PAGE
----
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Using digital services

Would you move to digital services if they met your needs?

Do you think you would move to digital services for your tax interactions, if high-quality digital services which met your needs were offered?  

Digital services must be designed with the customer at the centre.  They will need to be easy to access and use, fast, secure, and reliable. A package of services which is designed for customers will need to be sufficiently flexible to keep pace with technology changes.

Customer needs and their ability to use digital services differ, both by customer type and by the interaction which they are having with Inland Revenue. The requirements that a large business has for dealing with Inland Revenue about income tax are likely to be quite different from the requirements an individual will have. In these kinds of situations, it is likely that different types of digital services will need to be developed to provide a customer-focused experience and recognise that “no one size fits all”. In some instances new services may be better provided by third parties than directly by Inland Revenue.

  • Some customers’ needs will be best met through delivery by third parties:

    • For businesses that already use computerised payroll systems, the best kind of digital service might be one delivered by the private sector. This could integrate PAYE filing into their payroll accounting software to remove the need for separate PAYE filing obligations.

    • To integrate with existing processes, Inland Revenue would need to ensure it has close and collaborative working relationships with those who develop business accounting systems, and others who deal with individuals and businesses, such as financial institutions.

  • Interactions differ, as well as customers:

    • Individuals and businesses will have different expectations of digital services. A person will have different expectations of customer-focused services, depending on the kind of tax interaction they require. Returning to the large business payroll example, direct integration with its payroll accounting system may be the best way to deal with the routine transfer of PAYE information.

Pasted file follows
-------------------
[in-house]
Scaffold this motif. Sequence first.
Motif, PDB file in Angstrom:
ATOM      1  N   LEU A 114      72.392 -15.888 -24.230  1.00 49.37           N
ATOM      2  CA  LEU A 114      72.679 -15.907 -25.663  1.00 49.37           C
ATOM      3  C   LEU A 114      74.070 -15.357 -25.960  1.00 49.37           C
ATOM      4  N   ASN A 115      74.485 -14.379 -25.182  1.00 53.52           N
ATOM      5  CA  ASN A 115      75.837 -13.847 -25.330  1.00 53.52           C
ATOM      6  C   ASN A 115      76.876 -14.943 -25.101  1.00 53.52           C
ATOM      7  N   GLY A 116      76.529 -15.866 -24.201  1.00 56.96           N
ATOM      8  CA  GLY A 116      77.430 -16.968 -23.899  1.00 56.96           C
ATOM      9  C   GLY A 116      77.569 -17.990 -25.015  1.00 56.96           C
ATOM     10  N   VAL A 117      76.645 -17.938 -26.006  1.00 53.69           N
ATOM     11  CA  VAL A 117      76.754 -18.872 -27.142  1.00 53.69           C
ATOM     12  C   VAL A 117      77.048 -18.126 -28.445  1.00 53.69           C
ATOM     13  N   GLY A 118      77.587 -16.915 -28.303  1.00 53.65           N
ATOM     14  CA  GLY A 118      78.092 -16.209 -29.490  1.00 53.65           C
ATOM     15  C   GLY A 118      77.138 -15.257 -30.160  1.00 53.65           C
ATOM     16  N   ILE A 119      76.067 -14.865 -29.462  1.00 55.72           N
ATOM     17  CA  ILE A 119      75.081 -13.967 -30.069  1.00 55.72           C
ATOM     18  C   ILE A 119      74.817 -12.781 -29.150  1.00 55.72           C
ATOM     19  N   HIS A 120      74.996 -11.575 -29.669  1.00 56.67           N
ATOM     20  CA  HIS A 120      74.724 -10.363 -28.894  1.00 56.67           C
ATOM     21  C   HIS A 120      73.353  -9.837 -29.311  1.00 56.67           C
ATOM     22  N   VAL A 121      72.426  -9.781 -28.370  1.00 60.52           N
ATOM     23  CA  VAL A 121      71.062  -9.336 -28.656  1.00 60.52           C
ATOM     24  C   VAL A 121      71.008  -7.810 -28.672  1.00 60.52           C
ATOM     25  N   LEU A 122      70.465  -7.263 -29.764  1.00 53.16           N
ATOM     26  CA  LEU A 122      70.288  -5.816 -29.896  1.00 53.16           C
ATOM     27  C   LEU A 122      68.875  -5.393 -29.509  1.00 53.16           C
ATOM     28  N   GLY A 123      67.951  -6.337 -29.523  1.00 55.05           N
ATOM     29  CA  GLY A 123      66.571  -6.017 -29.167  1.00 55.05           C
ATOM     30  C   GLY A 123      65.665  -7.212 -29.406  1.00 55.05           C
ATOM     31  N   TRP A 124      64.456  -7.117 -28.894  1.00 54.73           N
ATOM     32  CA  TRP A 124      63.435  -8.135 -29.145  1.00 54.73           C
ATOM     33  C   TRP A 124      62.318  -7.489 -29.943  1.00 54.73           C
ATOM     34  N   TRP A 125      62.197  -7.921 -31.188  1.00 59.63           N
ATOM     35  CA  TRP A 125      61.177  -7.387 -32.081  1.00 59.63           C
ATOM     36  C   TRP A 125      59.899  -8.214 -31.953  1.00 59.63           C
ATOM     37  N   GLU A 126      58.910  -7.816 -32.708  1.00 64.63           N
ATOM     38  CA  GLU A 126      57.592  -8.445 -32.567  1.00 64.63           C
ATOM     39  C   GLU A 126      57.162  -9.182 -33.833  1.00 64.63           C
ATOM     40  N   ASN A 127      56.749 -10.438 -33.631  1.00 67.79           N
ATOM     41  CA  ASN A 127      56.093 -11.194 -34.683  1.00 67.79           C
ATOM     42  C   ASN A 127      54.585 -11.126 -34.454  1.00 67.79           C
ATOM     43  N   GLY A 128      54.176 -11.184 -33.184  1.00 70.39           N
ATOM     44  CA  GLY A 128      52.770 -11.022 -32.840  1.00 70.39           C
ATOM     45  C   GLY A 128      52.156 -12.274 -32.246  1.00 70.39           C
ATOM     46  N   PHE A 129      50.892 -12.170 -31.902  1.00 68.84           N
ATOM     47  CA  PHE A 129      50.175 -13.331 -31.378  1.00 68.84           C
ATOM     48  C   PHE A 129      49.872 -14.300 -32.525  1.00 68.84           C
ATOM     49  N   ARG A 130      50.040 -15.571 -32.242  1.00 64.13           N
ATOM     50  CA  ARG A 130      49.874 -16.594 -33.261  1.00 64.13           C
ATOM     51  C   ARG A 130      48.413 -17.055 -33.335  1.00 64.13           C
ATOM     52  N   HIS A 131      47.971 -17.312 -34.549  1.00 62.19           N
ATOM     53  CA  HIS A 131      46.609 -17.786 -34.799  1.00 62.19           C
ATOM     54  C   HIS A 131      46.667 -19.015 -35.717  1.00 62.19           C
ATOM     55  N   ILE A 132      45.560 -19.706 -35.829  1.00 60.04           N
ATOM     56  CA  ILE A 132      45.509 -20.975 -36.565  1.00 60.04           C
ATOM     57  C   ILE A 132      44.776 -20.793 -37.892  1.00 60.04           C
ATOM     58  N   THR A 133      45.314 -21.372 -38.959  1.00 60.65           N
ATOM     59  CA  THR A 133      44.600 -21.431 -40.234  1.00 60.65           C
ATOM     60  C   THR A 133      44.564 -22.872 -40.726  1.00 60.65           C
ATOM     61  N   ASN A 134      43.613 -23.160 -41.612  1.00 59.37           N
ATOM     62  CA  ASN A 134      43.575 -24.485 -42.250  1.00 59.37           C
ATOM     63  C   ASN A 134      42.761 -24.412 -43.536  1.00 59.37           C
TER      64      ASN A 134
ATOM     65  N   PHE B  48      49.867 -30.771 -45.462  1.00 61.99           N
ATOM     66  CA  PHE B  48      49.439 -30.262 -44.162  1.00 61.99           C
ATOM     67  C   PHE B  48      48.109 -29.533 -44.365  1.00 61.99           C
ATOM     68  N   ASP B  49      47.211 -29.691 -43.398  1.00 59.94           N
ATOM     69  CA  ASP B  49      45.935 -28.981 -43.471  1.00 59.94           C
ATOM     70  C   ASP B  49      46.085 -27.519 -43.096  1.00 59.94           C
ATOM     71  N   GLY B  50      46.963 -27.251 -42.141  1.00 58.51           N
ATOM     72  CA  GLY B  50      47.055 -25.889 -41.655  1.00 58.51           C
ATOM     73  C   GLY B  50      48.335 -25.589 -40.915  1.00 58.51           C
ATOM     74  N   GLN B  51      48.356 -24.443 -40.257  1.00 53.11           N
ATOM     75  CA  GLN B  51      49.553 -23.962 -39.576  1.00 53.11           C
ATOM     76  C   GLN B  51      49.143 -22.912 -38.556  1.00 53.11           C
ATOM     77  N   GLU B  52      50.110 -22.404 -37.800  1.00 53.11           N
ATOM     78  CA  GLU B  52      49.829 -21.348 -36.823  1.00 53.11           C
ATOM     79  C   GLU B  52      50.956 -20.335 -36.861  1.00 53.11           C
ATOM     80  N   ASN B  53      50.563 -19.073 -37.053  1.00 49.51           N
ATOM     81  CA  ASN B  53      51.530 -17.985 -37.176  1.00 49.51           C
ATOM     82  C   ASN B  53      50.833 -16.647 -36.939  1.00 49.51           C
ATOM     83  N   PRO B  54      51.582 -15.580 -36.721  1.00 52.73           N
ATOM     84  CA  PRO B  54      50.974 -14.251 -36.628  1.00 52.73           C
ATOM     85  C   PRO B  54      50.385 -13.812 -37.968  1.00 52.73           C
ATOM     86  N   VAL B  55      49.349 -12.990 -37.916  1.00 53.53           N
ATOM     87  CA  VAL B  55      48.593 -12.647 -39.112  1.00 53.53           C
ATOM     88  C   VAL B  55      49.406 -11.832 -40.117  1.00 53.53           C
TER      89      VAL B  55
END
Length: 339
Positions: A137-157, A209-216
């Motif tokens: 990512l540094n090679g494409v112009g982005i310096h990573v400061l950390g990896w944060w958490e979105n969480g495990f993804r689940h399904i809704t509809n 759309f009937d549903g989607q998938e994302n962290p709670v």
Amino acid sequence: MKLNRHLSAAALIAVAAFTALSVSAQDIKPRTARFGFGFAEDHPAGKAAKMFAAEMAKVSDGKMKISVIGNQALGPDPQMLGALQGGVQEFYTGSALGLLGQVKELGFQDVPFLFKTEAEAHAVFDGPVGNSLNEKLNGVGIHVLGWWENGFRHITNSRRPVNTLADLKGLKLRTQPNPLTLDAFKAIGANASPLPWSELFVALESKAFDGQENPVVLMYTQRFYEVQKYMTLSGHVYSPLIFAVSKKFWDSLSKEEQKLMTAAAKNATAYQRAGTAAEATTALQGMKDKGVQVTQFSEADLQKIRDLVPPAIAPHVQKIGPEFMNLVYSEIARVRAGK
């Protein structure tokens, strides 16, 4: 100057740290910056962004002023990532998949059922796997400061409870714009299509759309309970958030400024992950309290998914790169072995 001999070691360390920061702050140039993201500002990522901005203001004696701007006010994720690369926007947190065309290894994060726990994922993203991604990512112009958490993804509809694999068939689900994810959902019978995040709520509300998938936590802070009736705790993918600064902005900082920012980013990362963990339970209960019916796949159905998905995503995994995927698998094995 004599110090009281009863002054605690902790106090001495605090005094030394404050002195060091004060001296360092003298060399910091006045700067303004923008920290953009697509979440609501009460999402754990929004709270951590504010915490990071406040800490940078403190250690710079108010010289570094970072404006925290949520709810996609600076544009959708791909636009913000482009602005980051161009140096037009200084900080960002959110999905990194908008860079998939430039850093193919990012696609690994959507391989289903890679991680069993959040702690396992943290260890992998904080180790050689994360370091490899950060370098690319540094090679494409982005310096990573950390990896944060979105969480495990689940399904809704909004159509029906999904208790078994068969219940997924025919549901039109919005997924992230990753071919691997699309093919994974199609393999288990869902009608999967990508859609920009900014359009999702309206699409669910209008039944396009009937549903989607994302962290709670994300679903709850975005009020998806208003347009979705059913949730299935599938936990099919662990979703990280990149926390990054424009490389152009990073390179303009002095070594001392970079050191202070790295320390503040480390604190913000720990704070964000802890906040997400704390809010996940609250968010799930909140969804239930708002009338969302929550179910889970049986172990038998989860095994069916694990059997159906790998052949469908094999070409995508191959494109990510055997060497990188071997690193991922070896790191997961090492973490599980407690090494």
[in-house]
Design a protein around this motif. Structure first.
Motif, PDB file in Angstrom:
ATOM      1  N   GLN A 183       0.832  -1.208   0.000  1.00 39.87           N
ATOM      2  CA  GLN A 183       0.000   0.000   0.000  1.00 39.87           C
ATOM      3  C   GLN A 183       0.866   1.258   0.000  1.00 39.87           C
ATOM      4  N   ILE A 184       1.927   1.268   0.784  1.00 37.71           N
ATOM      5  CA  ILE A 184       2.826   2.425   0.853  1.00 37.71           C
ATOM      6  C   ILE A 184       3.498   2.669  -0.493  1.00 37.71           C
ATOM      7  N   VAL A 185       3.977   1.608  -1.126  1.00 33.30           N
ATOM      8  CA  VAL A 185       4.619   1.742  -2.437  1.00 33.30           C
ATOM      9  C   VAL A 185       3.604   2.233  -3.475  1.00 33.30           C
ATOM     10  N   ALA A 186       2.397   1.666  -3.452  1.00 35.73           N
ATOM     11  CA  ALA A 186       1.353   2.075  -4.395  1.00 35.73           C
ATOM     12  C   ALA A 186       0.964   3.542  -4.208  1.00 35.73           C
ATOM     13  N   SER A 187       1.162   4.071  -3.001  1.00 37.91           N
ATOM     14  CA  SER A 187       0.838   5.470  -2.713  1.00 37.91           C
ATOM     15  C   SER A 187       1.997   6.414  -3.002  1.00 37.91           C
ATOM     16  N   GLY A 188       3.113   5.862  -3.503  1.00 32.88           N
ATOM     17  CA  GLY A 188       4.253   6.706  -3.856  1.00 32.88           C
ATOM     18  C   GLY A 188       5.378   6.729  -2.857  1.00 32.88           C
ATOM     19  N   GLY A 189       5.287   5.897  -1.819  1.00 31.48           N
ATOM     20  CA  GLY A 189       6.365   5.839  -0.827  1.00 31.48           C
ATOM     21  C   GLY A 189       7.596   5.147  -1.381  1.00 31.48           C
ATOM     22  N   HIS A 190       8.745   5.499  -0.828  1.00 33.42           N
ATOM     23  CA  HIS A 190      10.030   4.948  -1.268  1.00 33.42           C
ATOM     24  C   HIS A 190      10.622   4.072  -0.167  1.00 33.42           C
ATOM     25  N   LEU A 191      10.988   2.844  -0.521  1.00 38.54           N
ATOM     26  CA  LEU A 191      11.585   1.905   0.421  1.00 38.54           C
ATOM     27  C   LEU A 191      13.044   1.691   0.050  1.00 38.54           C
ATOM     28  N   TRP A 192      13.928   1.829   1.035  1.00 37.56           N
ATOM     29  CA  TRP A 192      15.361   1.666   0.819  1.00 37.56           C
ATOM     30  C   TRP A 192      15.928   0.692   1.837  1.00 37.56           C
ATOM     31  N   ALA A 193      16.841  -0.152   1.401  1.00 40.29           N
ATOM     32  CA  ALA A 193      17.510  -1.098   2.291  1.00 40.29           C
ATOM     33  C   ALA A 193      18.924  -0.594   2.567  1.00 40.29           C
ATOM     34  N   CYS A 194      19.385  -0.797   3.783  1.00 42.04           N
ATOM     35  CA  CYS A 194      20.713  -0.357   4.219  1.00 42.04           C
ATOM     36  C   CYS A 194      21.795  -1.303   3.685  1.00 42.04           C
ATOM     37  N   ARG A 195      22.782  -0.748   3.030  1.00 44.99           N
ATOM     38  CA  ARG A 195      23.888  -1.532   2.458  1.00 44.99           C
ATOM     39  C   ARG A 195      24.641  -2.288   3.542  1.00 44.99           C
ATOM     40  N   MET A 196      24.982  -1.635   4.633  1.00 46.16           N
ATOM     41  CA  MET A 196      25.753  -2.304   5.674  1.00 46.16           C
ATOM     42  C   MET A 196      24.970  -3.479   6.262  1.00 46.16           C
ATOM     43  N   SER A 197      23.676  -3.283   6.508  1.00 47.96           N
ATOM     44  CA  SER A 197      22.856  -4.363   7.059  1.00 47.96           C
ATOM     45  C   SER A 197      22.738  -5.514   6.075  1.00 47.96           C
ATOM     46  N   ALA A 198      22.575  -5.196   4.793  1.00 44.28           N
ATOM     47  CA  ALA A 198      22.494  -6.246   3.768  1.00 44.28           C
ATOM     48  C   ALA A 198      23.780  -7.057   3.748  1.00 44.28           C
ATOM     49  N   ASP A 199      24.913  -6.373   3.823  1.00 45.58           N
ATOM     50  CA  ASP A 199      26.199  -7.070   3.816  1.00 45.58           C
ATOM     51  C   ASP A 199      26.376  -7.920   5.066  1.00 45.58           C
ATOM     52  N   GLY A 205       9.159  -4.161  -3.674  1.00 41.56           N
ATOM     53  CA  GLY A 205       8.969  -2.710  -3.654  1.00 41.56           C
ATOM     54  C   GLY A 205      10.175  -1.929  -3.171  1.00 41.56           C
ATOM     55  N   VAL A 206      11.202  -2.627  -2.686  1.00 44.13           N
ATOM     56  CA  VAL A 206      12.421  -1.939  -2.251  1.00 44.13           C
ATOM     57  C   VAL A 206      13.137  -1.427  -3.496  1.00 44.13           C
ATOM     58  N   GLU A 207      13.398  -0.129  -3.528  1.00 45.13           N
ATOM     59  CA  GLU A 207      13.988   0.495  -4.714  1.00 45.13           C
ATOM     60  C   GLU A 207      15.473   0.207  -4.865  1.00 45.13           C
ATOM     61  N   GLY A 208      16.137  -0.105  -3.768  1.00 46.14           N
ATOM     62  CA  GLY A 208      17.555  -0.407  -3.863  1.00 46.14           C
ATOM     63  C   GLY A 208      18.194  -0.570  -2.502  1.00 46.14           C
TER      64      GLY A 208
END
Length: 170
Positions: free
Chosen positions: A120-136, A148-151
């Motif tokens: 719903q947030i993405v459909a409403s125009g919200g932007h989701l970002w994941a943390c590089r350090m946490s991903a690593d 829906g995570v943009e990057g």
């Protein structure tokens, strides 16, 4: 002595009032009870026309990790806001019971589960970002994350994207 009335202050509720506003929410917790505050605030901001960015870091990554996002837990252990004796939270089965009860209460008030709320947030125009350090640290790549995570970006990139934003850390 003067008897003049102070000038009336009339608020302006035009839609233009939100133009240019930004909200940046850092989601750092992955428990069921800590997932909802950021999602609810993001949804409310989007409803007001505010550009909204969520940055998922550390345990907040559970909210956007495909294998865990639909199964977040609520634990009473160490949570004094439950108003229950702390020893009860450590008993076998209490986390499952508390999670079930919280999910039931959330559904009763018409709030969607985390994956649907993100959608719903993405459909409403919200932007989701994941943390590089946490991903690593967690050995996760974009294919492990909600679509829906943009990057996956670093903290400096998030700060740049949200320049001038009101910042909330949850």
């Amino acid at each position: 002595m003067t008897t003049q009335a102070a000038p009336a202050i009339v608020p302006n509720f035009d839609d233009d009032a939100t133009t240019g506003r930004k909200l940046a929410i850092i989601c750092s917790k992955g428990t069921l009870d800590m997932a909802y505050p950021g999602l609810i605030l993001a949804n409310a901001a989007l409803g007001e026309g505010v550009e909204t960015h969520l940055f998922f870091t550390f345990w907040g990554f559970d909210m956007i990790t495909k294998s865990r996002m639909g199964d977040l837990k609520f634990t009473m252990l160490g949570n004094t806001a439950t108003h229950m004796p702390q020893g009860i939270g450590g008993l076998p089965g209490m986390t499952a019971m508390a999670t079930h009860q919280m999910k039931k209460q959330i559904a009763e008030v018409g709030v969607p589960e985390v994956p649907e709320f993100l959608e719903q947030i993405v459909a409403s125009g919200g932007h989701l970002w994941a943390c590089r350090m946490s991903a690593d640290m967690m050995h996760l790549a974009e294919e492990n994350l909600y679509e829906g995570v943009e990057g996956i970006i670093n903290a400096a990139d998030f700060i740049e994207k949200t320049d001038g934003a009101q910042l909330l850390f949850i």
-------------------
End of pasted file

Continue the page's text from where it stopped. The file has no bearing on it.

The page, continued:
• This may not be a business’s preferred mechanism for a non-routine interaction.  For example, if the Human Resources Manager and Chief Financial Officer become aware that the company’s previous PAYE treatment of redundancy payments has been incorrect they might want to discuss this concern directly with Inland Revenue, notwithstanding that their routine PAYE is dealt with automatically through their payroll software.

Can you foresee any interactions which you would not want to carry out using digital services? What would they be?

If individuals and businesses are offered good quality, secure, customer-focused digital services for interactions appropriately carried out across digital channels (including in partnership with third parties such as business accounting software providers), the majority can be expected to move to these services in the timeframe which best fits their own personal or business needs. They would likely do this because they identify the benefits that digital services would provide, such as greater convenience, certainty or reliability.

Several facts support this view:

  • The ability of New Zealand individuals and businesses to use digital solutions is relatively high. For example, New Zealand businesses already lead the world in the adoption of cloud-based services.
  • Despite the constraints of aging technology, Inland Revenue’s ability to deliver quality digital services is recognised.
  • Uptake of Inland Revenue’s digital services has, to date, been strong. For example, the online service for individuals, myIR, has 1.7 million active registered customers. In December 2014, 86% of payments to Inland Revenue were made through electronic channels.